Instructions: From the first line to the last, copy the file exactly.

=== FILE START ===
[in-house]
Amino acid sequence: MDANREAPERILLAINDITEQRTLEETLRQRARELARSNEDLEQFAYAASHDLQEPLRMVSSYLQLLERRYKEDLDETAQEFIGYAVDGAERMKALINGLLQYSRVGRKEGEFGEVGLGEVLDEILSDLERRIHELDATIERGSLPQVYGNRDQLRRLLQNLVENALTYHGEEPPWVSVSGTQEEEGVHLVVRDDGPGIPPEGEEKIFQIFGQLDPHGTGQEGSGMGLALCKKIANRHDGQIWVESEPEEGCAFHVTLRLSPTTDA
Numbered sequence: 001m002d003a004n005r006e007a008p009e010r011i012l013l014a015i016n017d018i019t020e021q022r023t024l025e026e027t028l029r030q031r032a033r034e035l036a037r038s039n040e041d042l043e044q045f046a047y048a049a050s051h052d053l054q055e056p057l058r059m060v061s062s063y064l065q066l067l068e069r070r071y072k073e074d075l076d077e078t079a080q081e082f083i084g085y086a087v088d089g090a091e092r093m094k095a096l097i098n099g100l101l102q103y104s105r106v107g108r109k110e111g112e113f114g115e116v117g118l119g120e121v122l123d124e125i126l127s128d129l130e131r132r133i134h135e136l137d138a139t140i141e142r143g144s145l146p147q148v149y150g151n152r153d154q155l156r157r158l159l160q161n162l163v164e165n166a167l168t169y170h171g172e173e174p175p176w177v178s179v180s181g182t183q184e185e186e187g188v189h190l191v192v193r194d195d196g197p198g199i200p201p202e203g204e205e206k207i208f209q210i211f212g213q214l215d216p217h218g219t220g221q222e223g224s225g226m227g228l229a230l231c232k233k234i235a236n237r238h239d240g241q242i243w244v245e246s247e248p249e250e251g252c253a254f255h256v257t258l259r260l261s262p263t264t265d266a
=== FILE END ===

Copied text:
[in-house]
Amino acid sequence: MDANREAPERILLAINDITEQRTLEETLRQRARELARSNEDLEQFAYAASHDLQEPLRMVSSYLQLLERRYKEDLDETAQEFIGYAVDGAERMKALINGLLQYSRVGRKEGEFGEVGLGEVLDEILSDLERRIHELDATIERGSLPQVYGNRDQLRRLLQNLVENALTYHGEEPPWVSVSGTQEEEGVHLVVRDDGPGIPPEGEEKIFQIFGQLDPHGTGQEGSGMGLALCKKIANRHDGQIWVESEPEEGCAFHVTLRLSPTTDA
Numbered sequence: 001m002d003a004n005r006e007a008p009e010r011i012l013l014a015i016n017d018i019t020e021q022r023t024l025e026e027t028l029r030q031r032a033r034e035l036a037r038s039n040e041d042l043e044q045f046a047y048a049a050s051h052d053l054q055e056p057l058r059m060v061s062s063y064l065q066l067l068e069r070r071y072k073e074d075l076d077e078t079a080q081e082f083i084g085y086a087v088d089g090a091e092r093m094k095a096l097i098n099g100l101l102q103y104s105r106v107g108r109k110e111g112e113f114g115e116v117g118l119g120e121v122l123d124e125i126l127s128d129l130e131r132r133i134h135e136l137d138a139t140i141e142r143g144s145l146p147q148v149y150g151n152r153d154q155l156r157r158l159l160q161n162l163v164e165n166a167l168t169y170h171g172e173e174p175p176w177v178s179v180s181g182t183q184e185e186e187g188v189h190l191v192v193r194d195d196g197p198g199i200p201p202e203g204e205e206k207i208f209q210i211f212g213q214l215d216p217h218g219t220g221q222e223g224s225g226m227g228l229a230l231c232k233k234i235a236n237r238h239d240g241q242i243w244v245e246s247e248p249e250e251g252c253a254f255h256v257t258l259r260l261s262p263t264t265d266a